The time has come for Kim Dotcom to put up or shut up, for this intelligent, canny but highly manipulative individual to front with his yet-to-be-made public disclosures which he boasts will blow John Key out of the water - and though Dotcom does not say it directly, presumably bring a rapid end to Key's days as Prime Minister.
Dotcom must now prove far beyond any reasonable doubt that Key has lied repeatedly when challenged as to when exactly he became aware or was made aware of the former Megaupload mogul's existence.
If Dotcom cannot or will not do that, he should zip it.
Because he is not a New Zealand citizen, Dotcom cannot stand for Parliament. But as a resident he otherwise has the same political rights accorded any voter. Turning the election campaign into even more of a circus is not one of them.
Before those on the left misinterpret that statement as trying to absolve Key in advance, they might like to ponder the electoral repercussions if Dotcom's assertions turn out to be little more than hot air.
Key will stand or fall on the strength of Dotcom's case. The time has come for the country to hear it and appraise it. The time has come for Dotcom to cut the babble and prove Key is the one talking nonsense when he insists that until the eve of the police raid on Dotcom's Coatesville mansion he did not know of Dotcom, let alone that Dotcom was living in his Helensville electorate, or that Dotcom was the subject of a FBI investigation even though the intelligence agencies for which Key has ministerial responsibility had known for at least 15 months before the raid that was the case.
If the Prime Minister has not been telling the truth, then, as Dotcom and his supporters argue, it is a matter of paramount importance even if what they are arguing about could hardly be more trivial.
It follows that New Zealanders are surely entitled to know whether or not Key's word is devoid of trustworthiness. And they should be told today. Not tomorrow. Not next week. And most surely not when it is most politically advantageous for the Internet Mana leadership - Dotcom, Laila Harre and Hone Harawira.
To keep everyone on tenterhooks until Dotcom reveals all at an Internet-Mana Party rally at the Auckland Town Hall five days before September's election may be a cunning tactical move, but it is also a cynical one.
It is also not risk-free. It could yet backfire on Dotcom and his party.
It is clever because 20 per cent or more of those who vote do not make up their minds until the final week of the election campaign. That percentage is probably even higher among the non-aligned voters Internet-Mana is targeting.
If Dotcom delivers the goods, it will be a huge story which would throw Key deep into the resignation quicksand.
As was the case in 2011 with the Epsom cup of tea - the tete-a-tete between Key and Act's John Banks - the side-effect could be that Opposition parties other than Internet-Mana, having planned their campaigns and, more specifically, their advertising budgets, to reach a crescendo in the final week before polling day, could instead find themselves peripheral to the action.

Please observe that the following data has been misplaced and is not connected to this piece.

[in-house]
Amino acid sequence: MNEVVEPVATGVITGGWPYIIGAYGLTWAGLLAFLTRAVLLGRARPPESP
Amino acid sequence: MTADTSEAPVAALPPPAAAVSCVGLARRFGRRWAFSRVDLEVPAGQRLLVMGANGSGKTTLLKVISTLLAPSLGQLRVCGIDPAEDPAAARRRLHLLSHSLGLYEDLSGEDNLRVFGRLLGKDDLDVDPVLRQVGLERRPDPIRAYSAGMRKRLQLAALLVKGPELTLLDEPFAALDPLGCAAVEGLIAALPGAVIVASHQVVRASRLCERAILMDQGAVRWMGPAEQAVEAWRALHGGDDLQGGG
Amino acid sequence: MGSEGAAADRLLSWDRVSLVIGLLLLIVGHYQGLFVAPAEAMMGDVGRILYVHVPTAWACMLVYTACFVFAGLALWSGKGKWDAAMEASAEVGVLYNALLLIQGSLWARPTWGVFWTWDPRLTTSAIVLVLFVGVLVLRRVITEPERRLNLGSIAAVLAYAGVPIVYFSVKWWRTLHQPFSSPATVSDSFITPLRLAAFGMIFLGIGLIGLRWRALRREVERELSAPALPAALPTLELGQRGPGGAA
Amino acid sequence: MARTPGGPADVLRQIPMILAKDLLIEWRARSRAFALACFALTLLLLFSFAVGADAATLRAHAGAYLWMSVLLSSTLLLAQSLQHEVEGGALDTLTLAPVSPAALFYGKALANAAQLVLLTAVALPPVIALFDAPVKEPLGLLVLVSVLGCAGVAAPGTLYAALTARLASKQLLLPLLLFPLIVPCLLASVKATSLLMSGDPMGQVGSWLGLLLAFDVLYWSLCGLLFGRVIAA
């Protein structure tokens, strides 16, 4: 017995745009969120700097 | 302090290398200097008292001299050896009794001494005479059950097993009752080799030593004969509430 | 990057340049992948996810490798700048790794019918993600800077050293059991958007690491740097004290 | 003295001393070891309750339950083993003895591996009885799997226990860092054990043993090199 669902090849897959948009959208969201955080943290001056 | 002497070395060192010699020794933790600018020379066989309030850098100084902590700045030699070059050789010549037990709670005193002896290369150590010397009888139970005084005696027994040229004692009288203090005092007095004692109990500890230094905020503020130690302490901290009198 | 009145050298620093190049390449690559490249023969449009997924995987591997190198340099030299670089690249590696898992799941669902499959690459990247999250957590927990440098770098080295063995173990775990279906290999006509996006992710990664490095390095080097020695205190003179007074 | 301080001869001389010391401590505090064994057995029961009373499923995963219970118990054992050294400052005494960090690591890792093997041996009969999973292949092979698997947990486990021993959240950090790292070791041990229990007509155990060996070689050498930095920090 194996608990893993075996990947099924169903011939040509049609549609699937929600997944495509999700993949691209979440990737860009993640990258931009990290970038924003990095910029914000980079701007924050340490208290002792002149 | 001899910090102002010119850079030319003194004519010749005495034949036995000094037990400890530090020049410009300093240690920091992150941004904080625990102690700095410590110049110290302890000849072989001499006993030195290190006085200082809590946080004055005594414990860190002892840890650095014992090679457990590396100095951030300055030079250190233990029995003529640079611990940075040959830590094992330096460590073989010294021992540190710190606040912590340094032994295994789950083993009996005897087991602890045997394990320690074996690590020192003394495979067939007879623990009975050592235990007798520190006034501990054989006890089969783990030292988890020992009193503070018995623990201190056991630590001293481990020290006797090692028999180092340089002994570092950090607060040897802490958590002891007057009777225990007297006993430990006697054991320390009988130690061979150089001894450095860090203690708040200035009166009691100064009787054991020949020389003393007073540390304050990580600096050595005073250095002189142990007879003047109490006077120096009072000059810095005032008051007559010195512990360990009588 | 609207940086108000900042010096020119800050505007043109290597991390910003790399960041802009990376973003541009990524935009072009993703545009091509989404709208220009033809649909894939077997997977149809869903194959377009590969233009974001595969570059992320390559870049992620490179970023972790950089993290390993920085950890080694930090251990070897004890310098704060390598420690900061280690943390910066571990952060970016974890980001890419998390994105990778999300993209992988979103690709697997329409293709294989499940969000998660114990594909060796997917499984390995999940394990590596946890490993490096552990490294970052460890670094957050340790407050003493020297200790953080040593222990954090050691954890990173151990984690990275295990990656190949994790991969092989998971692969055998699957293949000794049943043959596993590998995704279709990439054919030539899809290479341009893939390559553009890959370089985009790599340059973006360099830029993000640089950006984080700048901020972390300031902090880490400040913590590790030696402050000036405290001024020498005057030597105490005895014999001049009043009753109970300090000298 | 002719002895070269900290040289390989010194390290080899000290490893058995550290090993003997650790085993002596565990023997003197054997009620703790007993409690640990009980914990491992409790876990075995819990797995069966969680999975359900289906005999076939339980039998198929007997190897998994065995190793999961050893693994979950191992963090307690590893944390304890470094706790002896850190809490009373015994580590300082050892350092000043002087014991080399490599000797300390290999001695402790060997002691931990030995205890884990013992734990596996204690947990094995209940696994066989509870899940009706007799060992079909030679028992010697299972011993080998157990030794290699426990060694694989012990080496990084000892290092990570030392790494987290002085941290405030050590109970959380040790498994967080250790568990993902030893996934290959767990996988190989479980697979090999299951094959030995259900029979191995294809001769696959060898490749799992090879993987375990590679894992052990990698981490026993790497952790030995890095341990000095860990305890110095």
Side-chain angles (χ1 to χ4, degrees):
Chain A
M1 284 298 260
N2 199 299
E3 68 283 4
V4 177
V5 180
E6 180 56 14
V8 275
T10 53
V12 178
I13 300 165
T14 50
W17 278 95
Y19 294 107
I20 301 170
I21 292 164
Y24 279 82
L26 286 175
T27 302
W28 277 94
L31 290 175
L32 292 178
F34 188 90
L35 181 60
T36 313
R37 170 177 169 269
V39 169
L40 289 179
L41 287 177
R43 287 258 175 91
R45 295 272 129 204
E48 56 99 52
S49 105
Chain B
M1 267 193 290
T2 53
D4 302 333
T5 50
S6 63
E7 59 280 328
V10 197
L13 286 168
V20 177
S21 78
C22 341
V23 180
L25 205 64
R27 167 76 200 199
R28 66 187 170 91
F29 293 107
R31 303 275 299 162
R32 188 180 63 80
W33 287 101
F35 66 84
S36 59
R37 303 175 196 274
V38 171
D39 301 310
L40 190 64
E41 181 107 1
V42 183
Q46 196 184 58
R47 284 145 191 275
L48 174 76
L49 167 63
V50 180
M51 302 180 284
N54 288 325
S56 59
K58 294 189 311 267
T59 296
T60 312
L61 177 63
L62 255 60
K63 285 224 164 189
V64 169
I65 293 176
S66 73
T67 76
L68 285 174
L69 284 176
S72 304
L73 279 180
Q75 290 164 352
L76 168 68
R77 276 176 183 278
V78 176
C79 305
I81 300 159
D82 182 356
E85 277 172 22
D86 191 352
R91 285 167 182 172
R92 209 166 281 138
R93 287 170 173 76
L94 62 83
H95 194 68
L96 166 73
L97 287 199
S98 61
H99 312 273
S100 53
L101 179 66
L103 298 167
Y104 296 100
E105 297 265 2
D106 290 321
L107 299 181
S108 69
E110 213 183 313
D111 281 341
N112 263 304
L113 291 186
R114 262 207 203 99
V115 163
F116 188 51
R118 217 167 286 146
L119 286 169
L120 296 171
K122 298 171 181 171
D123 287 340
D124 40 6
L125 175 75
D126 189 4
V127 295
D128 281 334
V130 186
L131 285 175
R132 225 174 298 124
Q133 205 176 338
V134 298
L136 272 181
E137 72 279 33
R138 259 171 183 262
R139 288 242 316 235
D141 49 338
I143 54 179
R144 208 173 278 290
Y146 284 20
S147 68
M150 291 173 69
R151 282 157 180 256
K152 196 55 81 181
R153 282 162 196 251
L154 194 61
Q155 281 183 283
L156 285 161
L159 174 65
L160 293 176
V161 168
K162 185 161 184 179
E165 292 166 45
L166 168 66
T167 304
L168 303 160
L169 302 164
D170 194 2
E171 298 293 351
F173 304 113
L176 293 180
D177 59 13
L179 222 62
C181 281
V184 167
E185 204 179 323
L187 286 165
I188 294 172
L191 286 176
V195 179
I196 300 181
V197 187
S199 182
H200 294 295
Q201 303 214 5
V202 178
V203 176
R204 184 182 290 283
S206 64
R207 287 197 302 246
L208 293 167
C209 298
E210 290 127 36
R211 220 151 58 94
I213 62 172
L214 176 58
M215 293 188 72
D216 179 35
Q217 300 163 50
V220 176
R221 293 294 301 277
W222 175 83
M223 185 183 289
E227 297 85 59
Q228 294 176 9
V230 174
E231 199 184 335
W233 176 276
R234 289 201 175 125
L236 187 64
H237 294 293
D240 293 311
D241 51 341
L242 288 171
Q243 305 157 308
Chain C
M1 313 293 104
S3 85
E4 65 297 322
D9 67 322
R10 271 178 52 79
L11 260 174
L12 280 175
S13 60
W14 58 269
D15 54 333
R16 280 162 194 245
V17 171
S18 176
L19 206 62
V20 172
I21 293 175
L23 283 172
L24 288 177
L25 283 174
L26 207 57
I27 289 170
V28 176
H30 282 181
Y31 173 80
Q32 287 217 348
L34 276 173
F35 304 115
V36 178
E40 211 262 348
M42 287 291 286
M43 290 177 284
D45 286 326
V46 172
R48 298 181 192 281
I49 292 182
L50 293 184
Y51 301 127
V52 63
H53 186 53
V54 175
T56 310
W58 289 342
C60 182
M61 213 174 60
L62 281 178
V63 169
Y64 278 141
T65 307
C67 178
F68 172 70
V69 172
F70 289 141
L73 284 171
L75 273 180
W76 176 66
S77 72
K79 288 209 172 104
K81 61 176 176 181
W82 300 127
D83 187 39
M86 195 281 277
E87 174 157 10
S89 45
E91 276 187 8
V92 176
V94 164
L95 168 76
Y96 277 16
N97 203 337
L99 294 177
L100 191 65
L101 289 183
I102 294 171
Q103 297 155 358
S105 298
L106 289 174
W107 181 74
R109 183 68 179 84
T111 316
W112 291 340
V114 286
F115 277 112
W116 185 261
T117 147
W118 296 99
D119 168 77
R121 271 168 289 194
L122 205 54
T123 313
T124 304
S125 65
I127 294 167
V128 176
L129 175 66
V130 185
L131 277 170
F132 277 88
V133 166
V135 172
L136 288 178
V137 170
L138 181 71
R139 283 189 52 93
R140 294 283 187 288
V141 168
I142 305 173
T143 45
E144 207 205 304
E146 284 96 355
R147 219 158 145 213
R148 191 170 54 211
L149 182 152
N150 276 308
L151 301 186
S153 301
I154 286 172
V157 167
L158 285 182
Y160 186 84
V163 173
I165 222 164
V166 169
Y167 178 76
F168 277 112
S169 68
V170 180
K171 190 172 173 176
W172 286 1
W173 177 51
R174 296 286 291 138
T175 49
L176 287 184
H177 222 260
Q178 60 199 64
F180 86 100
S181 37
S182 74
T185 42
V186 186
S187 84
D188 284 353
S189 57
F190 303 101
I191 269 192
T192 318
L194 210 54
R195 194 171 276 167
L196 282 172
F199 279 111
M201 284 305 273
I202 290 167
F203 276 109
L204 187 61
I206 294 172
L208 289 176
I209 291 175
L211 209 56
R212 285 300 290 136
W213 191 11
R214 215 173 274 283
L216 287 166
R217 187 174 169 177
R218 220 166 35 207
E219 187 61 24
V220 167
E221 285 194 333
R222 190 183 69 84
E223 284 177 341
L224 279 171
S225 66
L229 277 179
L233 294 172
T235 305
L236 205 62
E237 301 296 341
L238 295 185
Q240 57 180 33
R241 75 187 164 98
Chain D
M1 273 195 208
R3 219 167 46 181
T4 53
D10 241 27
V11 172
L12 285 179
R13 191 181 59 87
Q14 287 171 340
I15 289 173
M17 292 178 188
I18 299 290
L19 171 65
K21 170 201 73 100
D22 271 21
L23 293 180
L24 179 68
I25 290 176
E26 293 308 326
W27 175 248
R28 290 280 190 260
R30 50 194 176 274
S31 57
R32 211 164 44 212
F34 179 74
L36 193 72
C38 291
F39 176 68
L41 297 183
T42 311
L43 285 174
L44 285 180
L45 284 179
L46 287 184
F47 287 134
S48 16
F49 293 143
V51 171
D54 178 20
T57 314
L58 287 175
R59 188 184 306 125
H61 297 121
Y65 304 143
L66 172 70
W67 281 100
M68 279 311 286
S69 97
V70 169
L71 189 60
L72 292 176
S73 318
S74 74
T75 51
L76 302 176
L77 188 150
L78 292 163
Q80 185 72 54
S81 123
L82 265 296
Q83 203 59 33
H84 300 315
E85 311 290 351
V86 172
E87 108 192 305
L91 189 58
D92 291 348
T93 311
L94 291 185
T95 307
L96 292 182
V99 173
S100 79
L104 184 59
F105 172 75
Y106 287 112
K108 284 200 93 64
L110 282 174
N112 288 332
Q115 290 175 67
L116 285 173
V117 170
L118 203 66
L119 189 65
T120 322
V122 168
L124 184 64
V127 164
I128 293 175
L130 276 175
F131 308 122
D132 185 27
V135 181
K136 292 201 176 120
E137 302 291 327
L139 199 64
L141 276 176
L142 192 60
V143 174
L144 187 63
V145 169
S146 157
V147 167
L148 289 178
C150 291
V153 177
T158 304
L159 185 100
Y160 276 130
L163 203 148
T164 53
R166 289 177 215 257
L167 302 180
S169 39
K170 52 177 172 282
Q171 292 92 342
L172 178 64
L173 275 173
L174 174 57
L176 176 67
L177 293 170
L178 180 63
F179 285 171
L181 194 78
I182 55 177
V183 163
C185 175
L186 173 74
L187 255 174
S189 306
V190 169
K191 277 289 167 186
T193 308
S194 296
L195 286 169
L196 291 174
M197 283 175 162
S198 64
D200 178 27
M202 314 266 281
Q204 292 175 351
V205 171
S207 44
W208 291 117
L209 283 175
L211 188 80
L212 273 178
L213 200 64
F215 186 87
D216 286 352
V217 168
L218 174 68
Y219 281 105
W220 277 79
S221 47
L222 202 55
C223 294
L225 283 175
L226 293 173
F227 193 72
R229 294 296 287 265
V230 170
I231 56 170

Dotcom's gambit is even more high-risk for Internet Mana. Tackling any prime minister, let alone one as popular, smart, adept and seemingly Teflon-coated as Key, is not a task for the faint-hearted - or the over-confident.
The stakes do not get any higher than this. Foolishly, Dotcom has raised expectations to a level which is so high that falling short even by a small margin will result in him being torn apart by the media and becoming subject to ridicule.
A comparison with which Dotcom might well acquaint himself is the argy-bargy over Don Brash's embarrassing supposed quip as National's leader to a visiting delegation of American senators that Labour's anti-nuclear law would be "gone by lunchtime" if National won that year's election. National went into damage-control and denied Brash had said it. Brash could not remember. But clearly he had. Even so Labour never quite pinned the remark on Brash to the degree it had hoped for.
If Dotcom's case similarly relies on hearsay or circumstantial evidence in any way, he would be best to work on an exit strategy - one in which he exits now. Or at least as quickly as he can without losing too much face.
Key, in contrast, has said little that he might later regret, but done much to try to second-guess exactly what Dotcom seems to think he has on him.
When Dotcom first suggested Key had known of him some time before Key claims to have heard of him, the Prime Minister and his staff in Wellington and Helensville searched desks, filing cabinets and computer records for anything that might be incriminating even in the slightest. They found nothing.
Lastly, Dotcom should ponder over this scenario. If Key is caught out, he will probably apologise and then make his credibility the issue for the final days of the campaign.
He will be able to wager his huge stocks of popularity on voters viewing any conflict over what he said about Dotcom and what he knew about Dotcom as a minor indiscretion.
Again, the argument is probably too trivial to destroy Key. But Dotcom needs a change of government if he is to have any hope of avoiding extradition to the United States. And Key's hard-to-believe ignorance of his existence is one of the few means Dotcom has of securing such a change.